Vaccination and Immunization

As blood and tissue fluids circulate around the body, various components of the immune system are continually surveying for potential sources of attack or abnormal cells. Antigens and antibodies Antigens are usually either proteins or polysaccharides long chains of sugar molecules that make up the cell wall of certain bacteria. Viruses can contain as few as three antigens to more than as for herpes and pox viruses; whereas protozoa, fungi and bacteria are larger, more complex organisms and contain hundreds to thousands of antigens.

An immune response initially involves the production of antibodies that can bind to a particular antigen and the activation of antigen-specific white blood cells. Antibodies immunoglobulins; Ig are protein molecules that bind specifically to a particular part of an antigen, so called antigenic site or epitope. They are found in the blood and tissue fluids, including mucus secretions, saliva and breast milk.

Normally, low levels of antibodies circulate in the body tissue fluids. However, when an immune response is activated greater quantities are produced to specifically target the foreign material.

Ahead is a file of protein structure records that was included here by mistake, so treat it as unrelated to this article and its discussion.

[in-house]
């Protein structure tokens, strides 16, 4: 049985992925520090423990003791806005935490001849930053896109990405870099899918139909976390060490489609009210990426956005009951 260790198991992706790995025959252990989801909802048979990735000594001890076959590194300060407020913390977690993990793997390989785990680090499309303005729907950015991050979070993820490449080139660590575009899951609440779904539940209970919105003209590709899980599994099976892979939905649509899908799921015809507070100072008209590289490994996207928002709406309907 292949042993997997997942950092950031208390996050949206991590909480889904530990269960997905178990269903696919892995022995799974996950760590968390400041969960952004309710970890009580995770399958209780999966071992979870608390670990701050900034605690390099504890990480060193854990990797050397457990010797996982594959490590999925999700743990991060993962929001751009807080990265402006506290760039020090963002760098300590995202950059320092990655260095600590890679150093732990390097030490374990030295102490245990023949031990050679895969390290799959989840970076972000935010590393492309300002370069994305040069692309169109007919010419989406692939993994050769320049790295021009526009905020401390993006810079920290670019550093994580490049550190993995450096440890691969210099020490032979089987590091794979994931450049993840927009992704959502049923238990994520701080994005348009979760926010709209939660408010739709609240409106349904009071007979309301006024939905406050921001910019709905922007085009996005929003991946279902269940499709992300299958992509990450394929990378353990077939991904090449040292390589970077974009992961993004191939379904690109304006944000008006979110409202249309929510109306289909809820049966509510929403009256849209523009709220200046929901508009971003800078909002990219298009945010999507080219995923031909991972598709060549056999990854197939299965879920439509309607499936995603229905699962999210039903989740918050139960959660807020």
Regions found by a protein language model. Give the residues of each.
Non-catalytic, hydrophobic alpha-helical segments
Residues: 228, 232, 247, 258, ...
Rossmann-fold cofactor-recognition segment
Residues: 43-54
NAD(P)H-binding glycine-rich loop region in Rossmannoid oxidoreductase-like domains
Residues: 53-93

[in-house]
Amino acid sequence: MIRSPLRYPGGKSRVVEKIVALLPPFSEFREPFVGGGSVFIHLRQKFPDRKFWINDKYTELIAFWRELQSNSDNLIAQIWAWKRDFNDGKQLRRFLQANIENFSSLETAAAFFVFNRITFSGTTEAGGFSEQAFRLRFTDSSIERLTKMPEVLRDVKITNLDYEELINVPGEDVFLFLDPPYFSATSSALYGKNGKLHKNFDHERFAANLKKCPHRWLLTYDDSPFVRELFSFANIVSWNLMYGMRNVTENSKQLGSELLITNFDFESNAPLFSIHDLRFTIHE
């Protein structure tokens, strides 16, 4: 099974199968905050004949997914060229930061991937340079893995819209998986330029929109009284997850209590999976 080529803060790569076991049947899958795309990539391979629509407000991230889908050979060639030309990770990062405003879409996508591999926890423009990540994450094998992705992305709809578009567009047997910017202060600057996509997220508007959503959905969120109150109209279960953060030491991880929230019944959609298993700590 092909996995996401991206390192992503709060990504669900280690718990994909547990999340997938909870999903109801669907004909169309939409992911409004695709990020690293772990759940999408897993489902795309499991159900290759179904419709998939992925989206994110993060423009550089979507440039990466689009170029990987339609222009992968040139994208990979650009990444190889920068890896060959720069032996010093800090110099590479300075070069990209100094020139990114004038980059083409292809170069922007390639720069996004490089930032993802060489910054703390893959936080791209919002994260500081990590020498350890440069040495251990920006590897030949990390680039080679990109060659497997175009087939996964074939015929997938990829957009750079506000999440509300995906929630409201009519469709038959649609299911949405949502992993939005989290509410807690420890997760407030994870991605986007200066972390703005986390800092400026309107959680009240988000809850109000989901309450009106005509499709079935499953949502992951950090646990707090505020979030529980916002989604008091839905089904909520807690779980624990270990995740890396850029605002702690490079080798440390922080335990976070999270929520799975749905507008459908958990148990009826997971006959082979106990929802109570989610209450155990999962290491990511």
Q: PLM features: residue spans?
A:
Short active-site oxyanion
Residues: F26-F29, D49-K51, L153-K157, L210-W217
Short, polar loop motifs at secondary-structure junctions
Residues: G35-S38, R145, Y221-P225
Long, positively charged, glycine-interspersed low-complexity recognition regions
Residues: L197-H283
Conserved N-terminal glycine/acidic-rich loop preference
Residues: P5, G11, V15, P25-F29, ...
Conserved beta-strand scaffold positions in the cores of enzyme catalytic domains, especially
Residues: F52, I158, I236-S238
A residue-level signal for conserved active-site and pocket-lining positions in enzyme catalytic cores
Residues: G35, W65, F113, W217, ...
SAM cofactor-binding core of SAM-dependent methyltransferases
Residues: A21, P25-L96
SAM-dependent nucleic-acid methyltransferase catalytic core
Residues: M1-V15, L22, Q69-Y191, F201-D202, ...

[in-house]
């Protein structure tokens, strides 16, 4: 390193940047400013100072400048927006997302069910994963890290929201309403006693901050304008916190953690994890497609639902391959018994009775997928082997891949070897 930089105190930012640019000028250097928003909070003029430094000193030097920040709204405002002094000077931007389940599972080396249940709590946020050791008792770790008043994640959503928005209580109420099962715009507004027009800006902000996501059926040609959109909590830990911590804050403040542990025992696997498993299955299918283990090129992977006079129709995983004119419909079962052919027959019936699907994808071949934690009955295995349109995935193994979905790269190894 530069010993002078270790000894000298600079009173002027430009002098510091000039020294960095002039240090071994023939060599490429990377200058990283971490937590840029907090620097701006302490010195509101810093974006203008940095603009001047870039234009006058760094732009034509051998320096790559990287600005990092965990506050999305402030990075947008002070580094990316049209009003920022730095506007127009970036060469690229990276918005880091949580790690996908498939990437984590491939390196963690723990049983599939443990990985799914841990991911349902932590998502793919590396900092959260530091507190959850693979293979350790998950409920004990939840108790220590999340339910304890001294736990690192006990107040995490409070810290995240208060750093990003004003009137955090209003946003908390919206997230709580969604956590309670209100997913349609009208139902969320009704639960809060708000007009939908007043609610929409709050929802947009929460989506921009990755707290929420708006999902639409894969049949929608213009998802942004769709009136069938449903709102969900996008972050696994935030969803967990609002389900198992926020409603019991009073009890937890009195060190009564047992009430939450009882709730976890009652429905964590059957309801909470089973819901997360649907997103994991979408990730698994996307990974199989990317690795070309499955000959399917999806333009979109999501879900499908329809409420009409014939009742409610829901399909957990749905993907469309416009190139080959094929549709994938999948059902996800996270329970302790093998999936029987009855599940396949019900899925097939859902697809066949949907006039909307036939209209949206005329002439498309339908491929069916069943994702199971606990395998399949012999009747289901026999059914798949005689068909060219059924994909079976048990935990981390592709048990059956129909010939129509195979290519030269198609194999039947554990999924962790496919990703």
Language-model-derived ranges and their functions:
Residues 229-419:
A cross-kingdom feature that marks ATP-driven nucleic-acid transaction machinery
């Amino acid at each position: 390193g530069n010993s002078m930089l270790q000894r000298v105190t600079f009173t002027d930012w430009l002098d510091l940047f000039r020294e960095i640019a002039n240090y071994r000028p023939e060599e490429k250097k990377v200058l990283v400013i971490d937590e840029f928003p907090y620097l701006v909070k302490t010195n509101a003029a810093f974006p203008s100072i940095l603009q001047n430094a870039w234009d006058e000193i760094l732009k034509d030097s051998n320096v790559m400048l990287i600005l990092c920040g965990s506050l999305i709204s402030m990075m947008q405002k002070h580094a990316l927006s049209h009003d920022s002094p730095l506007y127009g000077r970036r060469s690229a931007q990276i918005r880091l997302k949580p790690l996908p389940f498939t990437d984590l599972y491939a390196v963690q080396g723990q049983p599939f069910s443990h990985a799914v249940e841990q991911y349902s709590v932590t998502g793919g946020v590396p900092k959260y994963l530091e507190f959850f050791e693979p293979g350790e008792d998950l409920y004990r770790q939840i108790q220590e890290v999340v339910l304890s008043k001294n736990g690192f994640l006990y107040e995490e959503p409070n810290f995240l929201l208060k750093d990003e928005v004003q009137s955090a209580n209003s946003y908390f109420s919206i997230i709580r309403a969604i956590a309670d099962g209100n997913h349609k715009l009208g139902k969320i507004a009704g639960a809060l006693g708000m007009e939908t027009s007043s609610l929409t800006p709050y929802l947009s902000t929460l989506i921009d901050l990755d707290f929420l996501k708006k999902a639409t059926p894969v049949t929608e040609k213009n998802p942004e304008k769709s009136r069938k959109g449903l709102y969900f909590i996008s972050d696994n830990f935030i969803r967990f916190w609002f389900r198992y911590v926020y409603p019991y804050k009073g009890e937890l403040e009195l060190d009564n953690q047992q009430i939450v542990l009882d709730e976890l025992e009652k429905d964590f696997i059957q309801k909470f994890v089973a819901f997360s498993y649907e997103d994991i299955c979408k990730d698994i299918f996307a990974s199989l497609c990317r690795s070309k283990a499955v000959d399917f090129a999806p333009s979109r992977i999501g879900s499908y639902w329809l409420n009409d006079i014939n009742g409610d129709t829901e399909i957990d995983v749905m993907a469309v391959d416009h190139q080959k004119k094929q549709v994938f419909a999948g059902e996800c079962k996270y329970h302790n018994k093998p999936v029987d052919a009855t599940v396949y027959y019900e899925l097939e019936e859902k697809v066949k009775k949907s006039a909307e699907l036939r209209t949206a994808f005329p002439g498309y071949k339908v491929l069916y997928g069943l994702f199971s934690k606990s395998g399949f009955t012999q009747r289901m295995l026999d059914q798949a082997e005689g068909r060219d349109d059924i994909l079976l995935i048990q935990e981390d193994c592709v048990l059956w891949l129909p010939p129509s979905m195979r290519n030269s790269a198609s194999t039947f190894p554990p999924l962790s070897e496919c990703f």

Vaccination increases the levels of circulating antibodies against a certain antigen.

Immunity and vaccination

Antibodies are produced by a type of white blood cell lymphocyte called B cells. Each B cell can only produce antibodies against one specific epitope. When activated, a B cell will multiply to produce more clones able secrete that particular antibody. The class of antibody produced is determined by other cells in the immune system, this is known as cell-mediated immunity.

Primary response Upon exposure to a pathogen, the body will attempt to isolate and destroy it. Chemicals released by inflammation increase blood flow and attract white blood cells to the area of infection.

Specialist cells, known as phagocytes, engulf the target and dismantle it. This response leads to the production of antigen-specific antibodies.